Interview with Charles Butts

Talk about the informal polling that you did in '65 and why that set it up for '67?


Ah, in, in 1965, the political pundits ah, didn't believe that Carl Stokes was even going to be really a factor. Ah, they didn't believe that most Blacks ah, voted and they didn't think that if they did they necessarily would follow a Black ah, candidate. There wasn't the precedent. They had polled, and I did the same kind of polling, ah, Blacks that they had encountered just ah, in the course of the day. And they'd said, "Did you think Carl Stokes was going to win?" And they said, "No." And I think they thought that he probably wouldn't. They didn't ask the second question though, that I, I did ask. And that is, "But are you going to vote for him?" And they said, "But you're darned right." And they did. And I, they may have surprised themselves, because of their numbers and the intensity of their support ah, resulted in an election that was close enough for a recount. Carl didn't win it that time but he came that close. And it was certainly the momentum of '65 that made '67 ah, possible. And everybody knew then that it was possible.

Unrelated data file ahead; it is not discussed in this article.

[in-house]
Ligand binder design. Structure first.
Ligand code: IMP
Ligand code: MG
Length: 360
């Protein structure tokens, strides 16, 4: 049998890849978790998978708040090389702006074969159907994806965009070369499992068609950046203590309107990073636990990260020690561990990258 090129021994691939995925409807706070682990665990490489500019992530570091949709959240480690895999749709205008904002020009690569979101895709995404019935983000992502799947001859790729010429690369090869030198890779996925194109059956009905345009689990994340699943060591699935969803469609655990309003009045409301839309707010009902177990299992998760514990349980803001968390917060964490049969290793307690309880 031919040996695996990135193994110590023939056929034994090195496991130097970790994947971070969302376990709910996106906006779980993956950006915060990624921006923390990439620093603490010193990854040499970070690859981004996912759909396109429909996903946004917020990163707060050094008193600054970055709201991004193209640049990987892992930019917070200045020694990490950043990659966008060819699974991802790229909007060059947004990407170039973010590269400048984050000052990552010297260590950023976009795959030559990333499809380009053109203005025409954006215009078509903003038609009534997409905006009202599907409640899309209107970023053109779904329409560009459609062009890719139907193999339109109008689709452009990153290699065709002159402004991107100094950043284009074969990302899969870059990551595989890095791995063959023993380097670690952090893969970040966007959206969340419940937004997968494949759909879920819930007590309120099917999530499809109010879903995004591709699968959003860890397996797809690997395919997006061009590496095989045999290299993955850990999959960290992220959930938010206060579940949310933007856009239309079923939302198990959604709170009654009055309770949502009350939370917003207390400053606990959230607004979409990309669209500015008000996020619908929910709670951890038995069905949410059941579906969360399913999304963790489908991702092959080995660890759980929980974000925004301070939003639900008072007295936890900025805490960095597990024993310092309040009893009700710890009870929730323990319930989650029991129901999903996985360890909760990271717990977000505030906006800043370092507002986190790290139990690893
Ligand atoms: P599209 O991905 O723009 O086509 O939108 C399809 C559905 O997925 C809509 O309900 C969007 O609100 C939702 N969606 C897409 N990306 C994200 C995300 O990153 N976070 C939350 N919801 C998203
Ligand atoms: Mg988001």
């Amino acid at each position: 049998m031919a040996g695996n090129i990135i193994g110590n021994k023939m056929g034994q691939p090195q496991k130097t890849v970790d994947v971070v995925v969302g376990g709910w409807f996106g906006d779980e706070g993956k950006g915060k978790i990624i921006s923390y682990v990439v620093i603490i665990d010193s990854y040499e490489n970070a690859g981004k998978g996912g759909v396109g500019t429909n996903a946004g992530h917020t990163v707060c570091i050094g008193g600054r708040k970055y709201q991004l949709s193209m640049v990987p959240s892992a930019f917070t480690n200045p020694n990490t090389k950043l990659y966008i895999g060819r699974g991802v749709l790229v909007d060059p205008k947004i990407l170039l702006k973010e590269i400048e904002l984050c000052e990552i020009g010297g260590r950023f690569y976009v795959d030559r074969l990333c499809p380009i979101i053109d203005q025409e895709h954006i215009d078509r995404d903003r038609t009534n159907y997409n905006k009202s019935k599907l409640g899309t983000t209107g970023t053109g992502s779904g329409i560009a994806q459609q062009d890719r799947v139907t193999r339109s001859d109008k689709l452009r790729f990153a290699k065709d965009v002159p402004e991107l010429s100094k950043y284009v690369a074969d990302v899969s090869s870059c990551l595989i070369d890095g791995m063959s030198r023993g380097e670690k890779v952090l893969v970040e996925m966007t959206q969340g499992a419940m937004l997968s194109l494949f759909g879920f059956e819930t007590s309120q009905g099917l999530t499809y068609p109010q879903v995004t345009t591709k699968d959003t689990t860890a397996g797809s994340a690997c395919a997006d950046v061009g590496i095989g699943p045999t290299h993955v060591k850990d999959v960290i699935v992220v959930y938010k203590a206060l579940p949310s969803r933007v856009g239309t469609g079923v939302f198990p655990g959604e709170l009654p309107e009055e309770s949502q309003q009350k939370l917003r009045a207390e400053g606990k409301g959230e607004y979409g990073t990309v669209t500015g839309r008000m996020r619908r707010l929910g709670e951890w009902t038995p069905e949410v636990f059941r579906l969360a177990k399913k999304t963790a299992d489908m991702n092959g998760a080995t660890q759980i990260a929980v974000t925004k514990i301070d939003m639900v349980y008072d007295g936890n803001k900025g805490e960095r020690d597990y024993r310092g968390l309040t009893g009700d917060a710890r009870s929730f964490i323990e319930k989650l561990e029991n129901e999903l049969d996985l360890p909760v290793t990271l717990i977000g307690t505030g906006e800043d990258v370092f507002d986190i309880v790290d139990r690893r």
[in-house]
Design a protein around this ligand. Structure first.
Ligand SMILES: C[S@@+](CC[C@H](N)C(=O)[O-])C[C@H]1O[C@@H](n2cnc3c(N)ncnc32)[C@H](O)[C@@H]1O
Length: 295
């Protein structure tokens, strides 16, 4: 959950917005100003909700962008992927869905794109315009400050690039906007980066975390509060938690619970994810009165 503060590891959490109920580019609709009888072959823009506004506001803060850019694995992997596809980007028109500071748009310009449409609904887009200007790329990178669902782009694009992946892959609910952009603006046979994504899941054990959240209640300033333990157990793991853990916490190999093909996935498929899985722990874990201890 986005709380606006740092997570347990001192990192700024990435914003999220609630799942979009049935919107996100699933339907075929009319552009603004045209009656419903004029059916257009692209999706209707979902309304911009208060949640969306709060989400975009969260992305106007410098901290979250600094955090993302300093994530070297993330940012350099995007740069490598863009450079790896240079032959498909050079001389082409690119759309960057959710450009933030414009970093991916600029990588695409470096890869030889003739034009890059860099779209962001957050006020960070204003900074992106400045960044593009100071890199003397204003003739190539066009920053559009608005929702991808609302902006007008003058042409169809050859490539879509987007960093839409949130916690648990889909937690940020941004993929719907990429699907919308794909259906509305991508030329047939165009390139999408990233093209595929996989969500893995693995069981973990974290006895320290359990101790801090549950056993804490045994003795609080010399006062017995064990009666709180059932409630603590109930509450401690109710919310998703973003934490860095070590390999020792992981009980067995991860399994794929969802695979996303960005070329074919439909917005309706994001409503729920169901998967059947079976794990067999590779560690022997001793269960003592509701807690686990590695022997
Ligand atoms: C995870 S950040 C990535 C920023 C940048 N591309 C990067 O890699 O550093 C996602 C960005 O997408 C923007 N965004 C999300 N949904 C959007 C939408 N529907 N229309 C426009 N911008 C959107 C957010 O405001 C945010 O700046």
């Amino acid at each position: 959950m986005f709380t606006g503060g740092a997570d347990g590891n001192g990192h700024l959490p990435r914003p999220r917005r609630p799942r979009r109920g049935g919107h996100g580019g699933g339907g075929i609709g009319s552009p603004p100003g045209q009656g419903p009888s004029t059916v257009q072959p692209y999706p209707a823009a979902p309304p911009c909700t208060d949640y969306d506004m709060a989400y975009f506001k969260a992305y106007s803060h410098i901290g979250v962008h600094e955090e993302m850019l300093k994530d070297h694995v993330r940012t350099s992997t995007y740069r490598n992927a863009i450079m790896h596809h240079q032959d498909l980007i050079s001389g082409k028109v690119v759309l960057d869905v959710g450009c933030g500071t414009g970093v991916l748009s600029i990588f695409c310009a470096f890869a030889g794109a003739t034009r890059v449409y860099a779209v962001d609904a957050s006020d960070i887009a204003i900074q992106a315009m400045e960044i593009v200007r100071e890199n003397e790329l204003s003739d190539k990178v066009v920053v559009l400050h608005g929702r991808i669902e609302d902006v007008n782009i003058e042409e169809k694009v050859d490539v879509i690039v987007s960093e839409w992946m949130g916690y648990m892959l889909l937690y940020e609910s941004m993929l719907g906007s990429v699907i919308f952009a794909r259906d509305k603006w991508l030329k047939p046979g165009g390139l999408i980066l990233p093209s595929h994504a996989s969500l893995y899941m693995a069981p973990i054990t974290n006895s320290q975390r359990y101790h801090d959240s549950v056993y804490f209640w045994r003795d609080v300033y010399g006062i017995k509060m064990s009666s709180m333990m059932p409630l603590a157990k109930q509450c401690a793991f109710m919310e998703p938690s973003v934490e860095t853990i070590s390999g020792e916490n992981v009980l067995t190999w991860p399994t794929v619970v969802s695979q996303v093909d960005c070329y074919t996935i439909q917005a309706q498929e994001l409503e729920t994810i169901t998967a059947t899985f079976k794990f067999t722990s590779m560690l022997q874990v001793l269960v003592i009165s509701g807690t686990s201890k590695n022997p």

Thank you very much.